Can I Borrow a Dollar?

Editorial Reviews

All Music Guide - Stanton Swihart
A former Source magazine "Unsigned Hype" winner, Common Sense almost single-handedly put Chicago hip-hop on the map in the early '90s with his excellent debut, Can I Borrow a Dollar?, which displayed a truly unique sound that, nevertheless, situated the rapper somewhere between the ground staked out by A Tribe Called Quest and Gang Starr. Can I Borrow a Dollar? features the fabulous, oddly muted production of 2 Pc. Drk Productions Immenslope and Twilite Tone. They opt for a spare, minimalist production that prominently features understated keyboard loops over simple drum tracks, occasionally augmented by saxophone or flute for an overall jazzy, laid-back feel. The ...
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Editorial Reviews

All Music Guide - Stanton Swihart
A former Source magazine "Unsigned Hype" winner, Common Sense almost single-handedly put Chicago hip-hop on the map in the early '90s with his excellent debut, Can I Borrow a Dollar?, which displayed a truly unique sound that, nevertheless, situated the rapper somewhere between the ground staked out by A Tribe Called Quest and Gang Starr. Can I Borrow a Dollar? features the fabulous, oddly muted production of 2 Pc. Drk Productions Immenslope and Twilite Tone. They opt for a spare, minimalist production that prominently features understated keyboard loops over simple drum tracks, occasionally augmented by saxophone or flute for an overall jazzy, laid-back feel. The production perfectly complements Common Sense's hiccuping/singsongy vocal style and involved rhymes. His lyrics are packed with allusions and references to pop and street culture nearly as eclectic as those of the Beastie Boys. Though sometimes lighthearted to the point of aimlessness and occasionally veering into harder-hitting vaguely misogynistic sentiments, Can I Borrow a Dollar? acted, for the most part, as an antidote to the exaggeratedly hardcore rhymes of a lot of early-'90s hip-hop. Stand-out tracks such as "Charms Alarm," "Take It EZ," and the only outside production, the Beatnuts' characteristically bell-driven "Heidi Hoe," are calls to arms to all hangers-on and fakers in the hip-hop community. This is one of the most underrated hip-hop debuts of the '90s.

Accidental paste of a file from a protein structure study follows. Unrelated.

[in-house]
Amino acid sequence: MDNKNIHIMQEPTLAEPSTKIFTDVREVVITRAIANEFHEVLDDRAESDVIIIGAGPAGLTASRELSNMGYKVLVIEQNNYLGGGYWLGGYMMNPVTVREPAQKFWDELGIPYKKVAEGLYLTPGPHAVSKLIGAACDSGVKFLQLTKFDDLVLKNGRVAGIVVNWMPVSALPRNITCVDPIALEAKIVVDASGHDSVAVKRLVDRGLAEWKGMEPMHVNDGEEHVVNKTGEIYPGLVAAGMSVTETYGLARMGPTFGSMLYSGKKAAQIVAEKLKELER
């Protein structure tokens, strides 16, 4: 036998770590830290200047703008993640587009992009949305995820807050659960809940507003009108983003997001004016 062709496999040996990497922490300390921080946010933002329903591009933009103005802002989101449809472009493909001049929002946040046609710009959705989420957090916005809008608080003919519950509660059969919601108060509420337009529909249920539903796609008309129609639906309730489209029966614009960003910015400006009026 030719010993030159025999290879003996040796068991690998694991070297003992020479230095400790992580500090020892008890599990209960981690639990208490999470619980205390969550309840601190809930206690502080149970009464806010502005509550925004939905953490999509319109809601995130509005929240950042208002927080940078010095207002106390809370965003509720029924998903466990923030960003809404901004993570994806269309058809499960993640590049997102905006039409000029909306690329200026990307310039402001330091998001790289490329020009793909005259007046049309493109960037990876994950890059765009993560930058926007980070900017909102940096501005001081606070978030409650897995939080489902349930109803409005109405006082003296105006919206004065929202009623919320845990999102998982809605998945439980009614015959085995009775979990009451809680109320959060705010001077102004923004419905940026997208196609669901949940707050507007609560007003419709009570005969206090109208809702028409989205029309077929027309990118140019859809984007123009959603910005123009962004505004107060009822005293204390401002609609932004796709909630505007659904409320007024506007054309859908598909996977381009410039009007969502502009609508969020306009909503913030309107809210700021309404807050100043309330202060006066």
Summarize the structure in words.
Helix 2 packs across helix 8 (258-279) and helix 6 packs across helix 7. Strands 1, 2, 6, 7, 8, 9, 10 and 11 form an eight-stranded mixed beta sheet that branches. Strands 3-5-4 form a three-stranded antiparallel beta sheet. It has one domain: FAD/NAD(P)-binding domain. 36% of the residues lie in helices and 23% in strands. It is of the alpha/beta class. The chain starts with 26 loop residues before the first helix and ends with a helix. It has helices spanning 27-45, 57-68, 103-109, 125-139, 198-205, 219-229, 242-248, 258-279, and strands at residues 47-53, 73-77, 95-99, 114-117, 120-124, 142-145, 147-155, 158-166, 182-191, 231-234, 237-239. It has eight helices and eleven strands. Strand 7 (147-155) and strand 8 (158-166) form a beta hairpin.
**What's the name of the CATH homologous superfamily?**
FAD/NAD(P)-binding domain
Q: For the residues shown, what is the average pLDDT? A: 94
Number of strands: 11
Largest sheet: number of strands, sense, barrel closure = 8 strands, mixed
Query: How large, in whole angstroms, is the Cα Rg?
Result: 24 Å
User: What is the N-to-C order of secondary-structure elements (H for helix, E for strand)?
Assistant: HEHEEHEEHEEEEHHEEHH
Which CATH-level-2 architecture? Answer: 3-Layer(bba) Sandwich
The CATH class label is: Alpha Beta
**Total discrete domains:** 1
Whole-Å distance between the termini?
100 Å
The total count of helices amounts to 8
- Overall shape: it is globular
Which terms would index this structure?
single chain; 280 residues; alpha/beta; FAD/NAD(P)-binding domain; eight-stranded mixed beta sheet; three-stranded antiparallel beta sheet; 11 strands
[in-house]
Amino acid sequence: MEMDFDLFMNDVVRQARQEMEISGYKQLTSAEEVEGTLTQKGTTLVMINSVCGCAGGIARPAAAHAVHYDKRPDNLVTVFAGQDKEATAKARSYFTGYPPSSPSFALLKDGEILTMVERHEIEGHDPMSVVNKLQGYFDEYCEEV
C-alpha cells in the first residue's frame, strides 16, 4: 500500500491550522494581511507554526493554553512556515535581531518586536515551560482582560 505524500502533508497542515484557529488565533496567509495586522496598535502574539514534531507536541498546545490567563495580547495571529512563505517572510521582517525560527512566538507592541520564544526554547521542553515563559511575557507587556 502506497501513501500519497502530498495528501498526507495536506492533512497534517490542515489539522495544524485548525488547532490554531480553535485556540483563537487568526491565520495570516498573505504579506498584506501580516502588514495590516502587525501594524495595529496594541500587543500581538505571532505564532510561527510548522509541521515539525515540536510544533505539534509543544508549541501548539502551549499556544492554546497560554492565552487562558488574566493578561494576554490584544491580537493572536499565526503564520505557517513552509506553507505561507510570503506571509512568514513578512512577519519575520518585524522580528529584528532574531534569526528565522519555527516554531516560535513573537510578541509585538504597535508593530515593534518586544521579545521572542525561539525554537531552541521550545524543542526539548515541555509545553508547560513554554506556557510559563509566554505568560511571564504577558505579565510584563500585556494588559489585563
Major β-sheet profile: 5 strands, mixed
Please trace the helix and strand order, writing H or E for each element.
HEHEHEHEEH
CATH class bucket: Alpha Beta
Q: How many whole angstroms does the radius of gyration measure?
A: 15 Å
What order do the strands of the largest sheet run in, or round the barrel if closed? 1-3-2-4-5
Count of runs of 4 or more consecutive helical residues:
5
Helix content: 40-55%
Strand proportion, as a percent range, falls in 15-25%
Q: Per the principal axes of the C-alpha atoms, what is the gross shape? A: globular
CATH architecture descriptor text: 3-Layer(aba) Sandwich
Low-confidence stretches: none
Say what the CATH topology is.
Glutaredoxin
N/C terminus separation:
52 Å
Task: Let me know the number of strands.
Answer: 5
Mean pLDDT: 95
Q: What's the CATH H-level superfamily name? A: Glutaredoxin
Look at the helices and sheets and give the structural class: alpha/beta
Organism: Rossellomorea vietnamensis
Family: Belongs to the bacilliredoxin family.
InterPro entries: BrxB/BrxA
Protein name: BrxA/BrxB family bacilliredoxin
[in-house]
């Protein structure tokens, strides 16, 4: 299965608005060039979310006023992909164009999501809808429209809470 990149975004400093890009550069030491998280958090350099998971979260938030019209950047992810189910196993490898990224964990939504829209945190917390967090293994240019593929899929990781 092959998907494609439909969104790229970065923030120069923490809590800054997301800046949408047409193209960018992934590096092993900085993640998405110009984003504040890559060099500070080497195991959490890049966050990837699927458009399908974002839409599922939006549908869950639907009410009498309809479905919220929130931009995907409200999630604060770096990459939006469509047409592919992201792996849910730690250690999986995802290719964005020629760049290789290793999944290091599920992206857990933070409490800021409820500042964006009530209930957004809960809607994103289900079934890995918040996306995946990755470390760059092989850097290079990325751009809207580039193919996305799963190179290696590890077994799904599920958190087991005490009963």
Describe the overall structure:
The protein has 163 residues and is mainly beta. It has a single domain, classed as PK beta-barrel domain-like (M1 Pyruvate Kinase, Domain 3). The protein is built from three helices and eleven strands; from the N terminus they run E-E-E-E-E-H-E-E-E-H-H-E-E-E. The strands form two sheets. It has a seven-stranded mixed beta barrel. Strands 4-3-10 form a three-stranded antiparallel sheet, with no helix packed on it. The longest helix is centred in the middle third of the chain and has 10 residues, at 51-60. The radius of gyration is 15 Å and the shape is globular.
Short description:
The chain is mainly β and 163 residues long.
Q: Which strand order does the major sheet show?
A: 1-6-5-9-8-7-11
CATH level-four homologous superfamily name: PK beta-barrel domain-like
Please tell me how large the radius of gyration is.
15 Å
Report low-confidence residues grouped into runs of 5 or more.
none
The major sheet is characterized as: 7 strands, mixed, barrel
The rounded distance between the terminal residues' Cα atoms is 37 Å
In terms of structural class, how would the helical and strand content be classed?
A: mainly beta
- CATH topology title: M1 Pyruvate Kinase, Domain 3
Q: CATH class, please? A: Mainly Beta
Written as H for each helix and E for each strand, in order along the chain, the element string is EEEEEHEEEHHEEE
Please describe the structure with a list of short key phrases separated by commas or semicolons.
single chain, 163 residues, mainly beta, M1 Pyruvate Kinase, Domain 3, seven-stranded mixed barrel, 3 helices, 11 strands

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Product Details

  • Release Date: 10/6/1992
  • Label: Relativity
  • UPC: 088561108427
  • Catalog Number: 1084
  • Sales rank: 56,941

Album Credits

Performance Credits
Common Sense Primary Artist, Indexed Contributor, Rap, Track Performer
Kenny Aaronson Bass Guitar
Tarsha Jones Background Vocals
Tony Orbach Saxophone
The Twilite Tone Background Vocals
Lenny Underwood Keyboards
Technical Credits
2pc.DRK Arranger, Producer
The Beatnuts Arranger, Producer
Dan Bernoff Engineer
Scott Canto Engineer
Todd Childress Engineer
RJ Cicero Engineer
Angela R. Dryden Engineer
Dante Gioia Engineer
Immenslope Arranger, Producer
Chris Irwin Engineer
Brian Kincaid Engineer
Armem Malzumian Engineer
Bruce Moore Engineer
Chrystin Nevarez Engineer
The Twilite Tone Arranger, Producer
Chuck Valle Engineer
Kirk Yano Engineer
David Bett Art Direction
Peter Kang Executive Producer
Common Sense Lyricist
Chris Irwin Engineer
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